Everyone loves getting a bargain so offering a discount on your services can seem like a good way to reward existing customers and attract new ones. However, sometimes offering a discount can backfire and create a bad impression of your company. Here’s an example:
Last month it was time to renew my car insurance, and well before I received a renewal notice from my current insurer, a quote from another well-known insurance company arrived, both by letter and by email. Since I hadn’t asked for a quote and have never been a customer of this company, this seemed like an intrusion. The only contact I’ve ever had with this company was via a comparison website, when I sorted out my insurance last year, yet here they were sending me both junk mail and email. So the letter was torn up and the email deleted.
In the following weeks leading up to my renewal date, I received another email (the unsubscribe link was promptly used this time) and several more letters, one each week. As each letter arrived, I thought “not another one” and chucked them straight in a pile of junk mail waiting to be recycled.
When the time came to deal with the junk mail pile, I opened each of these letters and noticed that all the quotes were different – the insurer wanted my business so much that each week they sent a progressively cheaper quote! At this point I did (briefly) consider waiting for another week to see if another cheaper offer would come, but it was too close to my renewal date and I found a better deal elsewhere.
Despite that momentary interest, I was left with a really bad impression of this company, and I imagine I’m not alone; how many other people have they annoyed and alienated with a constant barrage of letters and emails?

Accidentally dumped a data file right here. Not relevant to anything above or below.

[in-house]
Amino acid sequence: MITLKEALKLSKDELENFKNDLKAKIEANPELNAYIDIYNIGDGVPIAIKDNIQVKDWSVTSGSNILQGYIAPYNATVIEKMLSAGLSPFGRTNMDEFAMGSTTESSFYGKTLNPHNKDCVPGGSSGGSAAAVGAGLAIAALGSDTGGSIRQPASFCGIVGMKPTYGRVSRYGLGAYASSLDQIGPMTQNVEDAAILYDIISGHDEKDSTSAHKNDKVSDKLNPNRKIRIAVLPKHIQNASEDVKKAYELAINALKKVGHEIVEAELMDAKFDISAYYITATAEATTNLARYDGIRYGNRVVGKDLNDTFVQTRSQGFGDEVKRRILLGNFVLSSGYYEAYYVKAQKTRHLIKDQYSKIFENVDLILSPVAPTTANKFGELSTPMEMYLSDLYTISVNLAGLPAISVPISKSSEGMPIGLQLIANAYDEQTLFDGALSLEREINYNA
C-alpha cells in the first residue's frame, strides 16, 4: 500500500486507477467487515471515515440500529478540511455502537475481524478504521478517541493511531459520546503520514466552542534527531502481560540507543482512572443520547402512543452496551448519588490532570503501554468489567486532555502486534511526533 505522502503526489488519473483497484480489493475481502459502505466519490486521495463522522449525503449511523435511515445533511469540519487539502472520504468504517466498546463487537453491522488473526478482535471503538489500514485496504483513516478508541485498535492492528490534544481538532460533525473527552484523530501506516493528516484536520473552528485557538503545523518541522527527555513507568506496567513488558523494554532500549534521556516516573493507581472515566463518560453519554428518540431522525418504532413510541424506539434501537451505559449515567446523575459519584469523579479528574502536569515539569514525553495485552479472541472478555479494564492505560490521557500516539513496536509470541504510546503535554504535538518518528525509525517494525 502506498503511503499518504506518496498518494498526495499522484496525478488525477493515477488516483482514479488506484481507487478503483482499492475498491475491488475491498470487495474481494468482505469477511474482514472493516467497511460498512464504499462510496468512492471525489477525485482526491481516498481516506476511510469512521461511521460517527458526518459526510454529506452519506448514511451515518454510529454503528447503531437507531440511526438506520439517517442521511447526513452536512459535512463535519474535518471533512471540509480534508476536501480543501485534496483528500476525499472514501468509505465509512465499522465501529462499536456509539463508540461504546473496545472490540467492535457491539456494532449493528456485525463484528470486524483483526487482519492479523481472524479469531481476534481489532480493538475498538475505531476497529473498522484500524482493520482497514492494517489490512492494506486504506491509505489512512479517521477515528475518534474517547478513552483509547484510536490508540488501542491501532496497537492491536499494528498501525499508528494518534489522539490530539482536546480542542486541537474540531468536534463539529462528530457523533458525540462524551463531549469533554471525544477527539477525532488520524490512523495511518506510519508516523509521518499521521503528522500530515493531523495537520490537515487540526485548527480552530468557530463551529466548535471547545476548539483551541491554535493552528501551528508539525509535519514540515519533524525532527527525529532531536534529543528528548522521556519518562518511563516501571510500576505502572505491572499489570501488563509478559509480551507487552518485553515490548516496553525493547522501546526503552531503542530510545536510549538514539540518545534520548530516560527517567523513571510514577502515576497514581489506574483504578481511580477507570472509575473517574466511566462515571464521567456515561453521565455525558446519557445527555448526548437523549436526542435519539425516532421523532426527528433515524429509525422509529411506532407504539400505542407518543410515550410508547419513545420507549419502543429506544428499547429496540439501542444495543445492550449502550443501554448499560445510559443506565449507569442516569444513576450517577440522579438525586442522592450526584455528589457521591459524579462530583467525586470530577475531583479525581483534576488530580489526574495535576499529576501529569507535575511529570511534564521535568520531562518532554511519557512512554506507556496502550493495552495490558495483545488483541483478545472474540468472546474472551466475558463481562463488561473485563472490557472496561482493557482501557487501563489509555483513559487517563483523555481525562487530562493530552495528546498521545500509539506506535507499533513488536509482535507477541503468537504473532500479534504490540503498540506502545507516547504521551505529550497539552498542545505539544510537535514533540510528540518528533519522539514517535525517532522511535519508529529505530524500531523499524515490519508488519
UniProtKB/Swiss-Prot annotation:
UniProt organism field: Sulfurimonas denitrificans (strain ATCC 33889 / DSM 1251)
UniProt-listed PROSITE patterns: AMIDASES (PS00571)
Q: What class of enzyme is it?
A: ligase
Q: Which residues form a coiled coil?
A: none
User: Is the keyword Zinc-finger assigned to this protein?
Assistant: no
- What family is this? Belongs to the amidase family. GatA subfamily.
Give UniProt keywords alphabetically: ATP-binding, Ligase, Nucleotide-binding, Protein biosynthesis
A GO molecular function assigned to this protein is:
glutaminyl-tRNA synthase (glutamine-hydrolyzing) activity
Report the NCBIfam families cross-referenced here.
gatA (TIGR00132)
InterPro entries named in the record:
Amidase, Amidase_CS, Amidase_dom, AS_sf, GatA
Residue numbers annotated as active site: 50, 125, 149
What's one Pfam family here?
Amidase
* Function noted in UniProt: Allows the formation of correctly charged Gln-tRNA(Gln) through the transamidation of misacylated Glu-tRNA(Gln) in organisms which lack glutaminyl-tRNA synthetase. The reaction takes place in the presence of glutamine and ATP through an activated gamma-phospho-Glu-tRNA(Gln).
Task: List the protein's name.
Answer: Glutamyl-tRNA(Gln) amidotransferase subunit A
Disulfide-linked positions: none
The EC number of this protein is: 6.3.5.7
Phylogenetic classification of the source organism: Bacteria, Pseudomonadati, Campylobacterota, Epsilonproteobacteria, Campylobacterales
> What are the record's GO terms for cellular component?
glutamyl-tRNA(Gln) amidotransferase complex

So there are 3 ways that offering a discount in this way backfired:
- I never asked for a quote yet was bombarded with emails and letters – it was very spammy;
- by constantly reducing the price, even though I hadn’t asked for a discount, the company looked desperate for my business – that’s not very attractive;
- as the final quote was a lot cheaper than the first one, it makes me think that their insurance was overpriced in the first place.
As a result, the chances of me actually asking them for a quote in the future are very slim.
So what’s a better way to offer a discount? Here are a few ideas:
- Offer a time-limited or seasonal discount, such as for work done or orders placed in a particular week or month
- Launch a new service or product at a temporarily reduced price to encourage early sales
- Follow FreeAgent’s lead and offer a referral discount for both the new customer and the existing customer who referred them*
- If you’re friendly with your clients and know their birthdays, send them a card with a voucher offering a discount for your services, or if you don’t know their birthdays, try it at Christmas
One final thought:
Don’t offer so many discounts and special offers throughout the year that it looks like you constantly have a sale on!
Update, 1st May:
Today the same company texted me a new special offer. I never, ever agree to receive promotional texts so it’s definitely spam, and it’s now official, I am never using this company! They’ll probably start phoning me soon…
*If you’d like to sign up to FreeAgent, use this code and we’ll both get 10% off! http://fre.ag/41qk3gwm